#41  
Old 01-31-2018, 02:56 PM
pearlybakerbest pearlybakerbest is offline
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Quote:
Originally Posted by dysmike View Post
Ich hatte schreckliche Kopfschmerzen.
Jedes mal.
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  #42  
Old 01-31-2018, 07:17 PM
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jdw80550 jdw80550 is offline
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1. Repetition and muscle memory are real things. Regardless of whether you are doing it right or wrong.

2. Try and only improve 1 thing per season, be OK with slower successful growth.

3. I will never be a Pro, and I am very happy with that.

4. Stay competitive. Just because I will not be a Pro, doesn't mean I have to quit trying to be competitive.

5. Make sure you are never the reason the card has a bad round. TO ALL UP-AND-COMERS, learn this. My motto is, never be the guy no one wants to play with again.

6. Drivers are the most fun, putting is super important, but shots <100' are by far the most critical to my success or failure.

7. Don't always play with your friends, don't always play just for competition. There needs to be a balance.

8. Fieldwork is real.

9. Have your bag prepped, ALWAYS.

10. Water is more important on long, hot tournaments than extra discs. You may lose a stroke bc you didn't have the right disc, but you won't lose your game.

11. Be coachable, but don't listen to *******s.

12. If you are playing and there are kids around, act like a mature adult/parent, not a dumb frisbee boy.

13. Smile at people, compliment their game (regardless of how good or bad it is), and invite them to play sometime.

14. Take your wife out and STFU!

15. Always watch for poison ivy.

16. You don't have to pick up trash, but don't litter.

17. Playing for money is always better than not, even if you lose.

18. Know the rules, but only bring them out if there are grievous errors or questions.

19. Smooth>Fast and powerful

20. Talk about things other than disc.

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  #43  
Old 02-01-2018, 04:06 PM
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DiscGolfCraig DiscGolfCraig is offline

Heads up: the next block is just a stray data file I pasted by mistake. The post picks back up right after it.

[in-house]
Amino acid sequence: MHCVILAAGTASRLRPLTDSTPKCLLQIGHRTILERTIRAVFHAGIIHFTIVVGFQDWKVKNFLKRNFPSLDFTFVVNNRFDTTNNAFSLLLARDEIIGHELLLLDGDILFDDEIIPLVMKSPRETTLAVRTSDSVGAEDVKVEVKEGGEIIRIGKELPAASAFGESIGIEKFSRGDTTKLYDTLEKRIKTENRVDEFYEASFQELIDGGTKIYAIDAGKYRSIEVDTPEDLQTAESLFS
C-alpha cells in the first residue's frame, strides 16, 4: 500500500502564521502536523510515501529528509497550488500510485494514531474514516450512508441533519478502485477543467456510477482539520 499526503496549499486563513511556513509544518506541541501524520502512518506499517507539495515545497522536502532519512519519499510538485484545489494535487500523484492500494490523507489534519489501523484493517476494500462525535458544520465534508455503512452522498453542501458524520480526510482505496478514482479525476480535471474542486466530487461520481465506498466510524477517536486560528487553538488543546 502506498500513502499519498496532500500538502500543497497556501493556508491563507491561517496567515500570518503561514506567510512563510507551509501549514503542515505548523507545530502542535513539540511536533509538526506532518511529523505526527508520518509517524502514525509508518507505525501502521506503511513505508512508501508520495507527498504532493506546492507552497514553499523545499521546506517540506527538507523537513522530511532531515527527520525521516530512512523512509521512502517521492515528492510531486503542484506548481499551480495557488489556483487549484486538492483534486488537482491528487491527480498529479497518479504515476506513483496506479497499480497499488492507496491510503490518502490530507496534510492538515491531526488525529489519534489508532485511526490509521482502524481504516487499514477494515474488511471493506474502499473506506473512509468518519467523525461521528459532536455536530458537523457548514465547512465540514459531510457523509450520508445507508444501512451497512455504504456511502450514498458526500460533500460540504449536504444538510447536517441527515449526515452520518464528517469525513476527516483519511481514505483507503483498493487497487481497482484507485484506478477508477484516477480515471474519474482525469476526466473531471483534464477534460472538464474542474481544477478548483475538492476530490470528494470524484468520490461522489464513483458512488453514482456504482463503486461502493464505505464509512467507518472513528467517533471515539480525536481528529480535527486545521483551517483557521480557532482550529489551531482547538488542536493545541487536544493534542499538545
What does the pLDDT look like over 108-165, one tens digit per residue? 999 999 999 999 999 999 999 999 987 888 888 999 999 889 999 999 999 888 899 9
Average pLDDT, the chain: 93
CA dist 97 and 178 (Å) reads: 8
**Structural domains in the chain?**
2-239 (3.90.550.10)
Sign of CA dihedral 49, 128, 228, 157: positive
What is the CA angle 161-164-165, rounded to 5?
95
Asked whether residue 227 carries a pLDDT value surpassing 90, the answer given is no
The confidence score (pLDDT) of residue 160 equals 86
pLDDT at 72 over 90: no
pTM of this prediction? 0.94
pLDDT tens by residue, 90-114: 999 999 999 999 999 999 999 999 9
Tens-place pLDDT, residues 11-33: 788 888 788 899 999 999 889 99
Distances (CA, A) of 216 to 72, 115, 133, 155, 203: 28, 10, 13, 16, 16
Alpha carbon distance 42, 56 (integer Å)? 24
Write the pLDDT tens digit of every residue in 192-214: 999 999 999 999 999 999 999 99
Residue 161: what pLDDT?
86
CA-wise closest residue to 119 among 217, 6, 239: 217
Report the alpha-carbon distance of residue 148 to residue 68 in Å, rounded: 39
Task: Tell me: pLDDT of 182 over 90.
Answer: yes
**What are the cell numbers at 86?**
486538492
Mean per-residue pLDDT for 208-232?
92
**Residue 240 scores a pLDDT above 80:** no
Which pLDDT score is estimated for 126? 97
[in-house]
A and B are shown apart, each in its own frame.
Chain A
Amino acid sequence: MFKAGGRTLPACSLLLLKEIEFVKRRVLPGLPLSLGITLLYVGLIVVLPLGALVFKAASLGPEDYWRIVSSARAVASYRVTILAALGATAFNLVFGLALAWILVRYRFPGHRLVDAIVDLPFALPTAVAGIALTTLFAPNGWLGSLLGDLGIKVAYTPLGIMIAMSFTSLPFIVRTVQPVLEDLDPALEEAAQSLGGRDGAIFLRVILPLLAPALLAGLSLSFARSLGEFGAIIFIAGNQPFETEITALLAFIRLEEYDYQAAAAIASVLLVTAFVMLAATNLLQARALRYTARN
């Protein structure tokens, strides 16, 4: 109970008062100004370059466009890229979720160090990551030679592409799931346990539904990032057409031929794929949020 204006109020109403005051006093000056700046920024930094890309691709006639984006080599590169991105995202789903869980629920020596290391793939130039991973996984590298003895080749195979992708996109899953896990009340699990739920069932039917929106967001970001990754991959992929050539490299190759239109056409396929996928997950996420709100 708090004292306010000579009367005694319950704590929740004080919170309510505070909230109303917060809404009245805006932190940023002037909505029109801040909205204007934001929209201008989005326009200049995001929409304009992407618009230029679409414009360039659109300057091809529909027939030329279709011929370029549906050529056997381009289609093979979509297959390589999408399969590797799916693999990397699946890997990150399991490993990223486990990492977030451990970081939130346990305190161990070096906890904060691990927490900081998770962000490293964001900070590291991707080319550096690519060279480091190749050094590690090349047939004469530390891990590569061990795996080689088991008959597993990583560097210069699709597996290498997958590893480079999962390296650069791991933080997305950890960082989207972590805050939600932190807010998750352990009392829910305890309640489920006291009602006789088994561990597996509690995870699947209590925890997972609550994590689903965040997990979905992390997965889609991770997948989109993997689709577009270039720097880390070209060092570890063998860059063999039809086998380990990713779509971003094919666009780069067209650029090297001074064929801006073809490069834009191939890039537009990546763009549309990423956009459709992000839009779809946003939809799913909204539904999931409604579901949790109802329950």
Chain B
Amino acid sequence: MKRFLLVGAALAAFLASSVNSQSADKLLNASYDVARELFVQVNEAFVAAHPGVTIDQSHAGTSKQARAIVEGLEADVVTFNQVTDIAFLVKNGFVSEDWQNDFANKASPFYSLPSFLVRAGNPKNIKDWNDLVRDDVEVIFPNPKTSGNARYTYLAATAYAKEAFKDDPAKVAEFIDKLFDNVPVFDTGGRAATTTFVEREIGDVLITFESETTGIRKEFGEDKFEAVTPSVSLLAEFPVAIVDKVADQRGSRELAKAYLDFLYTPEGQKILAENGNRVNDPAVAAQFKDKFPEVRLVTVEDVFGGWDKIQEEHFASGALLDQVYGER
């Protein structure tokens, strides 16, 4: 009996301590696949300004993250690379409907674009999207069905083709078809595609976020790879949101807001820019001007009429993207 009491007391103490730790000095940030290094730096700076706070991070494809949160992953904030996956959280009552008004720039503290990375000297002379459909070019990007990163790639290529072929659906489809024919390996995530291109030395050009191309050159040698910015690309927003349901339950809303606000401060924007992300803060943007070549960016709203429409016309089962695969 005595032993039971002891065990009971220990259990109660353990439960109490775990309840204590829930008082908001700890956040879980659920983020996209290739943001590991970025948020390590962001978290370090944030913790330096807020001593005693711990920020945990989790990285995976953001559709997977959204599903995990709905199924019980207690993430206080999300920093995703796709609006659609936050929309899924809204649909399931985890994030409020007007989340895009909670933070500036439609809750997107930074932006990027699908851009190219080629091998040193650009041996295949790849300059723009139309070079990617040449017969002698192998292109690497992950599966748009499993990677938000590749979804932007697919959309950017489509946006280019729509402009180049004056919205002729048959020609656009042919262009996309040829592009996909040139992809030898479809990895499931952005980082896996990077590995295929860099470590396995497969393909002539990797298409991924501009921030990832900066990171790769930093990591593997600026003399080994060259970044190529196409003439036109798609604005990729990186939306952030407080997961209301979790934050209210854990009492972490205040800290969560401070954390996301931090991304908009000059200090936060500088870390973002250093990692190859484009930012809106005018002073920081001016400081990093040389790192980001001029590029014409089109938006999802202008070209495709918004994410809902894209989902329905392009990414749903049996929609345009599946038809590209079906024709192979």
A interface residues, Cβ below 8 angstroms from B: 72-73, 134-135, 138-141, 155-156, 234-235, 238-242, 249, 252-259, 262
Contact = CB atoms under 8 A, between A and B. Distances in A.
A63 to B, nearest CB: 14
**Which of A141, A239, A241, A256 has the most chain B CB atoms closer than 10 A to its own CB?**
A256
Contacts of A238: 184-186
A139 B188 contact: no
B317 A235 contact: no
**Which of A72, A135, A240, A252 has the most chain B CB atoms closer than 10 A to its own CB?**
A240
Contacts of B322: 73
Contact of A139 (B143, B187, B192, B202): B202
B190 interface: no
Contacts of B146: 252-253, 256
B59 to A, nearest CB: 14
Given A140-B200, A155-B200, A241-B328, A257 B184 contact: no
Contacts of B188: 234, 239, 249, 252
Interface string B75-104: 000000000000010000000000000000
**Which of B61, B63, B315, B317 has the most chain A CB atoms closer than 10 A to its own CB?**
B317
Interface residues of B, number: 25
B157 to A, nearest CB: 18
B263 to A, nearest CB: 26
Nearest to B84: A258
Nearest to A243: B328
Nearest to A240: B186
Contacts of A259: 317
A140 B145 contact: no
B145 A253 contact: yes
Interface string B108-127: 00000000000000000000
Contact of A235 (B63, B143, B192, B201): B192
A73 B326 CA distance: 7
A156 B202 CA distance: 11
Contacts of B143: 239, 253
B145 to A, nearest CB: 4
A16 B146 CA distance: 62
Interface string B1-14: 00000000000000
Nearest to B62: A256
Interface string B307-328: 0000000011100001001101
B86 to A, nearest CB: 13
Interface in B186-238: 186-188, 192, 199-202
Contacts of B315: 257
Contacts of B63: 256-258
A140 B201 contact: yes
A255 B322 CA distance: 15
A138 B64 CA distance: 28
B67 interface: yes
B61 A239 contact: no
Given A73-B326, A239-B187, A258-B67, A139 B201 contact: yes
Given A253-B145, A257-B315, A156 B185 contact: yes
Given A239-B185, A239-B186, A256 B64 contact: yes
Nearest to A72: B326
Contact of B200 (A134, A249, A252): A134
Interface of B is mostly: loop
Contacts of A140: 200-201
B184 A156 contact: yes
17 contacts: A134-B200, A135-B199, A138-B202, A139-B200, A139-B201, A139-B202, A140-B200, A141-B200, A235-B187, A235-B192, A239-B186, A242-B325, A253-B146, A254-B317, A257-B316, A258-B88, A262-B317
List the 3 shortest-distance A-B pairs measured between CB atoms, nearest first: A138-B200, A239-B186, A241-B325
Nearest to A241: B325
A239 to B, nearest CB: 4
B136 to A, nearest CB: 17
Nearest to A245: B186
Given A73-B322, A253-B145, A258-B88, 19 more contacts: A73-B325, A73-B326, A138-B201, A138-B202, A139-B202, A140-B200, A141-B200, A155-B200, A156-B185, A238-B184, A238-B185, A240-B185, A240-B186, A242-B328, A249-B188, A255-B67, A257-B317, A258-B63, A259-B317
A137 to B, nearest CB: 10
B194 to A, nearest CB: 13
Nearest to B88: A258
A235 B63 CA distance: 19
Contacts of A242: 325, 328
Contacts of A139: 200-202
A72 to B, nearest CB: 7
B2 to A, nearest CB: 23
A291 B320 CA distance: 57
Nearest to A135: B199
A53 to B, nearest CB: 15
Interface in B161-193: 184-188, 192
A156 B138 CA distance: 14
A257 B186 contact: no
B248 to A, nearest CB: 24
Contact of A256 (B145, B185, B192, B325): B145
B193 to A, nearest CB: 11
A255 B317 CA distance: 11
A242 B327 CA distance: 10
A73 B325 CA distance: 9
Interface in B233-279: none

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1. My time is limited. I can spend my disc golf time practicing putting. Or I can play and be a poor putter. I choose to play.

2. I play for my enjoyment and my enjoyment only. Wouldn't you know? It's more fun that way.
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  #44  
Old 02-01-2018, 04:18 PM
Guurn Guurn is offline
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Quote:
Originally Posted by Dr.Smooth View Post
Don't ever throw more than 80 percent. ever. Follow thru will help reduce injuries. Use your big muscles hip, legs and triceps. That will help some with keeping stress off your shoulder.

And most importantly I have learned that I need to listen to my own advice and the veterans around me more.

As someone that is over 50 and has played a long time this is great advice. Good form doesn't hurt your body. I'd add remember to choose the disc that makes the shot you are attempting easy to do. People choose the wrong disc all the time and work way too hard.

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  #45  
Old 02-01-2018, 07:16 PM
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Sunday Mike Sunday Mike is offline
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As the arthritis gets worse, so do the drives.

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  #46  
Old 02-03-2018, 01:36 AM
Chaz58 Chaz58 is offline
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Quote:
Originally Posted by DavidSauls View Post
As I age and decline, it's harder to cover for bad form with athleticism.

And, at the same time, harder to work out the bad form.